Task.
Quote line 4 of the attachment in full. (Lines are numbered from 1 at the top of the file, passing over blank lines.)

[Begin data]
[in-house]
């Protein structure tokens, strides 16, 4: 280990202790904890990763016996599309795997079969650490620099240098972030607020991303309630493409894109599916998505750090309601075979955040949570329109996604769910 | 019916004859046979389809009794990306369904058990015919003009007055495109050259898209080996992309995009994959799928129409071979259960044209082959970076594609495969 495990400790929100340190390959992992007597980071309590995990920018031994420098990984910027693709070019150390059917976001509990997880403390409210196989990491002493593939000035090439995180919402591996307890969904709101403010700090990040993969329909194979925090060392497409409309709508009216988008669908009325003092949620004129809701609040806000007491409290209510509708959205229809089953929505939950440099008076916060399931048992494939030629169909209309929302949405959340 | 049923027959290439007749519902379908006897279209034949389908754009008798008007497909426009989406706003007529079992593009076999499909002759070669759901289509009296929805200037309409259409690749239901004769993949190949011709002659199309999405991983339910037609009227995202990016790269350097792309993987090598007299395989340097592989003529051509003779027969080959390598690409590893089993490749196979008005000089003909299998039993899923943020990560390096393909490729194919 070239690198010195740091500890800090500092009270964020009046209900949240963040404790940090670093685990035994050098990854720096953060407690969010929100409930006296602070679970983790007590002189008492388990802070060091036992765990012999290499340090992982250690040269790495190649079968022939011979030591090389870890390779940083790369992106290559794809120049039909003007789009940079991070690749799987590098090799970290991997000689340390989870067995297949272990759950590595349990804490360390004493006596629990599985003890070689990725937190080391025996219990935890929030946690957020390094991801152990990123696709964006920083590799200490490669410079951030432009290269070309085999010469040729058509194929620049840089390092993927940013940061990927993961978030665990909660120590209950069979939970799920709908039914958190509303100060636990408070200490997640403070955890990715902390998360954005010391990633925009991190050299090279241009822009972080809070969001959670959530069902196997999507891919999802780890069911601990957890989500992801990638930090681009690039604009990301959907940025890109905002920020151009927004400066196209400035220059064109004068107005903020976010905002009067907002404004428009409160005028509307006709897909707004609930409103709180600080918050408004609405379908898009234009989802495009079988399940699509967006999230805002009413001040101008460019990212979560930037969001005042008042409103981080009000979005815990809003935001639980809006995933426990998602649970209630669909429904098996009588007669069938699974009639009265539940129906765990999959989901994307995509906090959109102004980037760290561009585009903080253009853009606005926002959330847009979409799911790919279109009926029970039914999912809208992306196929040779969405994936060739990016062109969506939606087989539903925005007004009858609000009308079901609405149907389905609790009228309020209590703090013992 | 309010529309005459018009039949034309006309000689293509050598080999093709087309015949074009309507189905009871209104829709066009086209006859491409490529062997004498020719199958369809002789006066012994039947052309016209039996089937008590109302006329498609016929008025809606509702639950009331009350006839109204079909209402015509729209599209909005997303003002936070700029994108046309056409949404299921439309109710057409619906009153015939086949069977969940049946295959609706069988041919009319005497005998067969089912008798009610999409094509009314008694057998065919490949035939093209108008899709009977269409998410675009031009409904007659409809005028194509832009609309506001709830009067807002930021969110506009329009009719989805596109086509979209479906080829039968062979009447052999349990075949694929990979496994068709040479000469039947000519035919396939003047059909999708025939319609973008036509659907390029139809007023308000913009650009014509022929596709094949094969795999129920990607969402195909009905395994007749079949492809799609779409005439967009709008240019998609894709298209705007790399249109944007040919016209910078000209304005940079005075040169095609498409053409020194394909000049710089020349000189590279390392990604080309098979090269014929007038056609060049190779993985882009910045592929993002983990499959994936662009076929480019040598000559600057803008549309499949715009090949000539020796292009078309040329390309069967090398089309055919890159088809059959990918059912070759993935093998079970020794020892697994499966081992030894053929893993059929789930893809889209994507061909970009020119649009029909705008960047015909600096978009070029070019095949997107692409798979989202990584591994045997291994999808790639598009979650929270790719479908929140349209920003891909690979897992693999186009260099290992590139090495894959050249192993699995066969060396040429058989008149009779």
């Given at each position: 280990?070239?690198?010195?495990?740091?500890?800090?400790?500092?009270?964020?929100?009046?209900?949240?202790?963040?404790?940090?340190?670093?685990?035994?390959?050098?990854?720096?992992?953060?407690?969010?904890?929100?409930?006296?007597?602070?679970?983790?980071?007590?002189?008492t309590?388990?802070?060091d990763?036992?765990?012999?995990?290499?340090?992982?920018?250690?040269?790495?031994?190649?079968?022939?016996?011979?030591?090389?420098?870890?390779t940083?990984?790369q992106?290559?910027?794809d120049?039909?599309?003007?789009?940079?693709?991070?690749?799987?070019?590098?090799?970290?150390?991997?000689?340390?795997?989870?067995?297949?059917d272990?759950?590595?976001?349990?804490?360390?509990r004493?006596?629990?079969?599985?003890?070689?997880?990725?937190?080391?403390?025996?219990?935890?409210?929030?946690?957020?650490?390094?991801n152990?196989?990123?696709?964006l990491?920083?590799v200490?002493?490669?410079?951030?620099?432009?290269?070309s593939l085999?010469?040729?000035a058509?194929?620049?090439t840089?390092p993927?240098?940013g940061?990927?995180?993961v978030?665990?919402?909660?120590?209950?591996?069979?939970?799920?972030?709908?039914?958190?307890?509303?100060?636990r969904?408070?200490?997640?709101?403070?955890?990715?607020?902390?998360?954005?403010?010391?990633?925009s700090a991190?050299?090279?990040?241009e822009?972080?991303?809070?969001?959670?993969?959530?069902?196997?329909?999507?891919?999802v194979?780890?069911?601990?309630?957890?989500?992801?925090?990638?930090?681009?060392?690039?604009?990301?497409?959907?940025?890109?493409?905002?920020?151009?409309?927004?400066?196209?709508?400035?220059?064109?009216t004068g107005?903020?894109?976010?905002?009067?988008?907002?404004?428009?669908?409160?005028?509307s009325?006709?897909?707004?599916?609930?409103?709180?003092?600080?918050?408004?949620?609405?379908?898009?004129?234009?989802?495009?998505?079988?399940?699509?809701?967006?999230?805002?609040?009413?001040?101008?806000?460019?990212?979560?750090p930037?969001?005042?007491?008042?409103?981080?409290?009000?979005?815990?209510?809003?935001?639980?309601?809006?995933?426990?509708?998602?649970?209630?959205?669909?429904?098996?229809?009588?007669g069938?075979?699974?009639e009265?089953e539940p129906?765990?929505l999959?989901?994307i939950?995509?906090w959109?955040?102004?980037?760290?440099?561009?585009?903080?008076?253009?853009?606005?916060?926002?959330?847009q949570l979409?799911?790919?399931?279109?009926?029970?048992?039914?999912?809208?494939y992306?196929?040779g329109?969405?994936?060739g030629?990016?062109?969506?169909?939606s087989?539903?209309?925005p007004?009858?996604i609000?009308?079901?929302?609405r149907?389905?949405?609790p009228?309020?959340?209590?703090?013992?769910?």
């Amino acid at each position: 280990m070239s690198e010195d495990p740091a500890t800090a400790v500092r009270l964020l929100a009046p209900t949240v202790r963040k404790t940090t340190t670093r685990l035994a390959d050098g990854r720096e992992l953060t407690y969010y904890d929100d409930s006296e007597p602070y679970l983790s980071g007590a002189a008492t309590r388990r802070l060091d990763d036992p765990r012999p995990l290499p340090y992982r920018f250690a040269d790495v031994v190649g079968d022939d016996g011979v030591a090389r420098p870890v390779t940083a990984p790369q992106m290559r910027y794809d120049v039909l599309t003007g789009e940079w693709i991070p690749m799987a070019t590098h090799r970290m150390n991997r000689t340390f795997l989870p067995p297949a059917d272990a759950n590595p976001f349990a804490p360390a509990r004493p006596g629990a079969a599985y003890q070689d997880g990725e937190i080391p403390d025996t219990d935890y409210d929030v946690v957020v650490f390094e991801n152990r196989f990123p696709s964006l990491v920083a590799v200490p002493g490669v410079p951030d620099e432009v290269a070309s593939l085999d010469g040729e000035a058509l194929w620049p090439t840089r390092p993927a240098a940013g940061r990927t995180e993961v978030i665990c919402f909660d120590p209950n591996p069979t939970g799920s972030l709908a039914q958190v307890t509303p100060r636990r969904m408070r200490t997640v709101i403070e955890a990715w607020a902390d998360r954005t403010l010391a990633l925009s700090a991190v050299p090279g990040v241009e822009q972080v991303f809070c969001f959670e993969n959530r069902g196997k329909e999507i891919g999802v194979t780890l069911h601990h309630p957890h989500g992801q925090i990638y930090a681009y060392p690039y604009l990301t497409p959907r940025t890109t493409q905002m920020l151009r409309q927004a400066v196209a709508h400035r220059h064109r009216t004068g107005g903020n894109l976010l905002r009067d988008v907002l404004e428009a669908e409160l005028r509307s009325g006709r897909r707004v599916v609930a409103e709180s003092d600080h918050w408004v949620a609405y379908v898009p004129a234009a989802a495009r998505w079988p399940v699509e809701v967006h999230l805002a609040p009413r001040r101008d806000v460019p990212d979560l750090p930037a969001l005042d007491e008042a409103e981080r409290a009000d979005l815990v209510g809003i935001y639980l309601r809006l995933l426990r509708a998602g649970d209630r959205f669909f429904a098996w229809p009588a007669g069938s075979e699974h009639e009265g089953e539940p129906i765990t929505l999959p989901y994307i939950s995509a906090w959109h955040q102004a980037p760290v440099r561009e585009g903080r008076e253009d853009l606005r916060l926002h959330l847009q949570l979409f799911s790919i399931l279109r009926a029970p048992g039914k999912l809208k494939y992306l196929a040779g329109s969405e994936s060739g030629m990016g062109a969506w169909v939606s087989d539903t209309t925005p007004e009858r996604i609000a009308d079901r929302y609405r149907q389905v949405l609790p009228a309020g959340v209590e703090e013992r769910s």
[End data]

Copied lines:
């Amino acid at each position: 280990m070239s690198e010195d495990p740091a500890t800090a400790v500092r009270l964020l929100a009046p209900t949240v202790r963040k404790t940090t340190t670093r685990l035994a390959d050098g990854r720096e992992l953060t407690y969010y904890d929100d409930s006296e007597p602070y679970l983790s980071g007590a002189a008492t309590r388990r802070l060091d990763d036992p765990r012999p995990l290499p340090y992982r920018f250690a040269d790495v031994v190649g079968d022939d016996g011979v030591a090389r420098p870890v390779t940083a990984p790369q992106m290559r910027y794809d120049v039909l599309t003007g789009e940079w693709i991070p690749m799987a070019t590098h090799r970290m150390n991997r000689t340390f795997l989870p067995p297949a059917d272990a759950n590595p976001f349990a804490p360390a509990r004493p006596g629990a079969a599985y003890q070689d997880g990725e937190i080391p403390d025996t219990d935890y409210d929030v946690v957020v650490f390094e991801n152990r196989f990123p696709s964006l990491v920083a590799v200490p002493g490669v410079p951030d620099e432009v290269a070309s593939l085999d010469g040729e000035a058509l194929w620049p090439t840089r390092p993927a240098a940013g940061r990927t995180e993961v978030i665990c919402f909660d120590p209950n591996p069979t939970g799920s972030l709908a039914q958190v307890t509303p100060r636990r969904m408070r200490t997640v709101i403070e955890a990715w607020a902390d998360r954005t403010l010391a990633l925009s700090a991190v050299p090279g990040v241009e822009q972080v991303f809070c969001f959670e993969n959530r069902g196997k329909e999507i891919g999802v194979t780890l069911h601990h309630p957890h989500g992801q925090i990638y930090a681009y060392p690039y604009l990301t497409p959907r940025t890109t493409q905002m920020l151009r409309q927004a400066v196209a709508h400035r220059h064109r009216t004068g107005g903020n894109l976010l905002r009067d988008v907002l404004e428009a669908e409160l005028r509307s009325g006709r897909r707004v599916v609930a409103e709180s003092d600080h918050w408004v949620a609405y379908v898009p004129a234009a989802a495009r998505w079988p399940v699509e809701v967006h999230l805002a609040p009413r001040r101008d806000v460019p990212d979560l750090p930037a969001l005042d007491e008042a409103e981080r409290a009000d979005l815990v209510g809003i935001y639980l309601r809006l995933l426990r509708a998602g649970d209630r959205f669909f429904a098996w229809p009588a007669g069938s075979e699974h009639e009265g089953e539940p129906i765990t929505l999959p989901y994307i939950s995509a906090w959109h955040q102004a980037p760290v440099r561009e585009g903080r008076e253009d853009l606005r916060l926002h959330l847009q949570l979409f799911s790919i399931l279109r009926a029970p048992g039914k999912l809208k494939y992306l196929a040779g329109s969405e994936s060739g030629m990016g062109a969506w169909v939606s087989d539903t209309t925005p007004e009858r996604i609000a009308d079901r929302y609405r149907q389905v949405l609790p009228a309020g959340v209590e703090e013992r769910s």